Nokia N85 smartphone
Puts in a big-hitting performance
Gamers will welcome the N85's N-Gage multiplayer gaming and online community. A bunch of games are pre-installed, but unfortunately they’re all trial versions, so you’ll have to fork out more cash if you want to have them long term.
The N85 takes care of more serious business with a briefcase full of organiser features and tools, including the regulation calendar, notes, calendar, unit convertor, voice recorder and various clock functions. Quickoffice software and a PDF viewer enable document viewing but not editing, unless you purchase - you see a theme here? - an upgrade. Text-to-voice software will read out your messages.
A good all-rounder
Additional software - including the excellent BBC iPlayer - can be grabbed using the Nokia Download! tool. Both the firmware and pre-installed applications can be updated over the air.
In the time we spent with the N85, the phone behaved impeccably when making and taking calls. Sound quality was excellent in a variety of conditions. But we found battery life to be reasonable rather than outstanding. Nokia estimates the N85's battery can clock up a maximum of 363 hours in standby mode or deliver 6.9 hours of talktime on GSM networks, falling to 4.5 hours in 3G operation.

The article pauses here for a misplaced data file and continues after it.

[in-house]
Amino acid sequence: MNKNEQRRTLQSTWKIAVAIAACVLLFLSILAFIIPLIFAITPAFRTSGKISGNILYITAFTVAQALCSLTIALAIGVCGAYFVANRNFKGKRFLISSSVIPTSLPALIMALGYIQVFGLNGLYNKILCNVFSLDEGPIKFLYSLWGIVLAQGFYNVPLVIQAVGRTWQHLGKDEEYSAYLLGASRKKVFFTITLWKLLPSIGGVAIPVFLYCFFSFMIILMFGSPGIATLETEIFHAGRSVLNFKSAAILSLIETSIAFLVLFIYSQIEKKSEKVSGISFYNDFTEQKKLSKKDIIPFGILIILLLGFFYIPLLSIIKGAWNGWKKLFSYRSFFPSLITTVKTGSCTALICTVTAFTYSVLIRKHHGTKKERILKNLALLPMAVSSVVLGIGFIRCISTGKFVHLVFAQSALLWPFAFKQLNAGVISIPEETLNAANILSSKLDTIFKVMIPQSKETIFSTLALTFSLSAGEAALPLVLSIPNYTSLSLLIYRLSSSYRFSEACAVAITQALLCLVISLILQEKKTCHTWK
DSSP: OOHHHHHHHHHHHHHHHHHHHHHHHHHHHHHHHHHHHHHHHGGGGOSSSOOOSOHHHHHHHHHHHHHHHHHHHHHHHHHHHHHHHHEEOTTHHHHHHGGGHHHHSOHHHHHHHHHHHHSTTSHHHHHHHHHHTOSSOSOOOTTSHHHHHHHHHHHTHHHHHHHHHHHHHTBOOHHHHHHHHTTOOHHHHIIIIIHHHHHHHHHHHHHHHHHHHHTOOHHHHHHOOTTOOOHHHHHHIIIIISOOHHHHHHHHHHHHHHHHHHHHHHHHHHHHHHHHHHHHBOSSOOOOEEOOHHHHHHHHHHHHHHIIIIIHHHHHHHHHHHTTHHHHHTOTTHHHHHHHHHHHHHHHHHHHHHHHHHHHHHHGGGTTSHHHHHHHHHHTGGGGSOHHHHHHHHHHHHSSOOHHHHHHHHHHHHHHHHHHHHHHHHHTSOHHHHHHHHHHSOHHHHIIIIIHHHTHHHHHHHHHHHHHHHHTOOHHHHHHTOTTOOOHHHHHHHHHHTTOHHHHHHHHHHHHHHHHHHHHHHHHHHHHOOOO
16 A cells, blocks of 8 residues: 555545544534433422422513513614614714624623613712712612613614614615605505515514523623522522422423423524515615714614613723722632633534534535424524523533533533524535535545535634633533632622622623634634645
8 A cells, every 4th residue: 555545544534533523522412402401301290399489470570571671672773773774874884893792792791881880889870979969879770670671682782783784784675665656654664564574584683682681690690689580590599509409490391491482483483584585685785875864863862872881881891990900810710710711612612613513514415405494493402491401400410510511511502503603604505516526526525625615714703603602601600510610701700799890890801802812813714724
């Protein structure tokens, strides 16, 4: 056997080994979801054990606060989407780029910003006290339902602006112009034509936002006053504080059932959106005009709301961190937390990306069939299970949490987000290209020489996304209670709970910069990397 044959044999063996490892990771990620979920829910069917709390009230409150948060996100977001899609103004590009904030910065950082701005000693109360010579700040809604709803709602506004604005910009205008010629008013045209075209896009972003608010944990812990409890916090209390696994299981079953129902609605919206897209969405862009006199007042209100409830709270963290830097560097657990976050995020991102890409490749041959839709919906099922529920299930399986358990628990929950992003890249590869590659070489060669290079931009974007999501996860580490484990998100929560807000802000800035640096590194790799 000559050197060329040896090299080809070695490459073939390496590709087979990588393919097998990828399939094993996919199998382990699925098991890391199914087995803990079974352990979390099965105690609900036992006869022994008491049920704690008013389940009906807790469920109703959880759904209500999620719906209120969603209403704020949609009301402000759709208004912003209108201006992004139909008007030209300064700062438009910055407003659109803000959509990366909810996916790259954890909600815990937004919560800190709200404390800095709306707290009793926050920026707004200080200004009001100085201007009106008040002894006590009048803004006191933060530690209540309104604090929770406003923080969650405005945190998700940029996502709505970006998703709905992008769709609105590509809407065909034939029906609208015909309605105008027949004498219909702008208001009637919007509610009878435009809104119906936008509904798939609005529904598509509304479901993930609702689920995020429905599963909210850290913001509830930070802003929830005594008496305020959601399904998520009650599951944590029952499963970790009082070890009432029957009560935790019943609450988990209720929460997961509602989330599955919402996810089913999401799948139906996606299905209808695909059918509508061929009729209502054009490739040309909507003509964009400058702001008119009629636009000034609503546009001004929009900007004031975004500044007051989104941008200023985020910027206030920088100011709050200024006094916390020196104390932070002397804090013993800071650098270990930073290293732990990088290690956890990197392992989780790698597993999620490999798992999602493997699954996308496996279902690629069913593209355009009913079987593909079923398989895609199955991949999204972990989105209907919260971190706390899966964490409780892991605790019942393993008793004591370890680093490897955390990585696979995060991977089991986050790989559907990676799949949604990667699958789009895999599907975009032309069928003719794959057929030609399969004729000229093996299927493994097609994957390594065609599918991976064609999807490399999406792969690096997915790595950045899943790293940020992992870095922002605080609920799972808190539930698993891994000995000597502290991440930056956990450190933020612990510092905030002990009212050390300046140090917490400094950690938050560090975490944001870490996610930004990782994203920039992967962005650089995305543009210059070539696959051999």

How you manage in the real world will, of course, depend on the extent to which you use the more power-hungry apps, which are the whole point of owning an N-series handset. While we averaged around two days between charges, you can expect rather less if you hammer Wi-Fi, HSDPA or GPS regularly.
The N85 is a very likeable, feature-packed handset. It may not break the N-series mould, but it provides most of the N96’s gadgetry ground in a smaller - if still not tiny - package. Its performance is right on the money too, and you certainly get plenty for your cash. If you’re looking for a high-quality multi-tasking mobile, the N85 is a smart choice. ®
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